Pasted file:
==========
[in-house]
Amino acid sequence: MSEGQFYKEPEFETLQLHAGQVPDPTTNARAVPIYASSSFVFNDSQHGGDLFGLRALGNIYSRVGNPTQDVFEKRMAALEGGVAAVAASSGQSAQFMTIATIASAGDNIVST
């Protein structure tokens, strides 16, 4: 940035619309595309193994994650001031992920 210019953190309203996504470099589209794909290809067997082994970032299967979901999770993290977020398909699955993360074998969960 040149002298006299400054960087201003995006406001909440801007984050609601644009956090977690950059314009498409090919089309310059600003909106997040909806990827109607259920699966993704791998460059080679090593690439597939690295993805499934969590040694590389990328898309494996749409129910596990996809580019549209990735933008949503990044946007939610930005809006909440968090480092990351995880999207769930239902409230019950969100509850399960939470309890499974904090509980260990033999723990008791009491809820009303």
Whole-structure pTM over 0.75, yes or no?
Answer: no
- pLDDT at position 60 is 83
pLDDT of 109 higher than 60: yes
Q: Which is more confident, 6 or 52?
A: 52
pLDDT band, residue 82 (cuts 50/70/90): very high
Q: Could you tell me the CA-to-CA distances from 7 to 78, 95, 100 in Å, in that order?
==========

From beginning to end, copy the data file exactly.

[in-house]
Amino acid sequence: MSEGQFYKEPEFETLQLHAGQVPDPTTNARAVPIYASSSFVFNDSQHGGDLFGLRALGNIYSRVGNPTQDVFEKRMAALEGGVAAVAASSGQSAQFMTIATIASAGDNIVST
């Protein structure tokens, strides 16, 4: 940035619309595309193994994650001031992920 210019953190309203996504470099589209794909290809067997082994970032299967979901999770993290977020398909699955993360074998969960 040149002298006299400054960087201003995006406001909440801007984050609601644009956090977690950059314009498409090919089309310059600003909106997040909806990827109607259920699966993704791998460059080679090593690439597939690295993805499934969590040694590389990328898309494996749409129910596990996809580019549209990735933008949503990044946007939610930005809006909440968090480092990351995880999207769930239902409230019950969100509850399960939470309890499974904090509980260990033999723990008791009491809820009303």
Whole-structure pTM over 0.75, yes or no?
Answer: no
- pLDDT at position 60 is 83
pLDDT of 109 higher than 60: yes
Q: Which is more confident, 6 or 52?
A: 52
pLDDT band, residue 82 (cuts 50/70/90): very high
Q: Could you tell me the CA-to-CA distances from 7 to 78, 95, 100 in Å, in that order?